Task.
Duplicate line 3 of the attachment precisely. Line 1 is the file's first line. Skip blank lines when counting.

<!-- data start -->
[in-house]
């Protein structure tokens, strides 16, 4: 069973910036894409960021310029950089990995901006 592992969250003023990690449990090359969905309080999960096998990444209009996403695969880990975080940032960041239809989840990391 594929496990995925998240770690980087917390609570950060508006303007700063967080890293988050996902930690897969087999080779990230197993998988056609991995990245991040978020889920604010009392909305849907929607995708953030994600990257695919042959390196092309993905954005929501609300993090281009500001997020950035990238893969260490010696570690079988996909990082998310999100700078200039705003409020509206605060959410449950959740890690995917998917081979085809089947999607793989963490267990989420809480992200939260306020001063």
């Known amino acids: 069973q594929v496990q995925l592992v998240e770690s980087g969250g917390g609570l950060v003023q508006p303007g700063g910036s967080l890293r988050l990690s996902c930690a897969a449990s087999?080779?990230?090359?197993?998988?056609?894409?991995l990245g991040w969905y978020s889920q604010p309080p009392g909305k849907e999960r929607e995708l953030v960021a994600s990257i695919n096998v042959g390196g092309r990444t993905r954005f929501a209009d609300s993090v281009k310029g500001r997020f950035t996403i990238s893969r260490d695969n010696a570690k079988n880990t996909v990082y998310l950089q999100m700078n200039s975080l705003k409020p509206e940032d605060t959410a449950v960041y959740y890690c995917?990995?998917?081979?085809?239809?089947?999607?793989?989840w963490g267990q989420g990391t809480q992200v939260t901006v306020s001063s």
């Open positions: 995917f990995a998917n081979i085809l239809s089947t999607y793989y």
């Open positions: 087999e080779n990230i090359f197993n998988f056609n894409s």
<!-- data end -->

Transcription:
């Known amino acids: 069973q594929v496990q995925l592992v998240e770690s980087g969250g917390g609570l950060v003023q508006p303007g700063g910036s967080l890293r988050l990690s996902c930690a897969a449990s087999?080779?990230?090359?197993?998988?056609?894409?991995l990245g991040w969905y978020s889920q604010p309080p009392g909305k849907e999960r929607e995708l953030v960021a994600s990257i695919n096998v042959g390196g092309r990444t993905r954005f929501a209009d609300s993090v281009k310029g500001r997020f950035t996403i990238s893969r260490d695969n010696a570690k079988n880990t996909v990082y998310l950089q999100m700078n200039s975080l705003k409020p509206e940032d605060t959410a449950v960041y959740y890690c995917?990995?998917?081979?085809?239809?089947?999607?793989?989840w963490g267990q989420g990391t809480q992200v939260t901006v306020s001063s």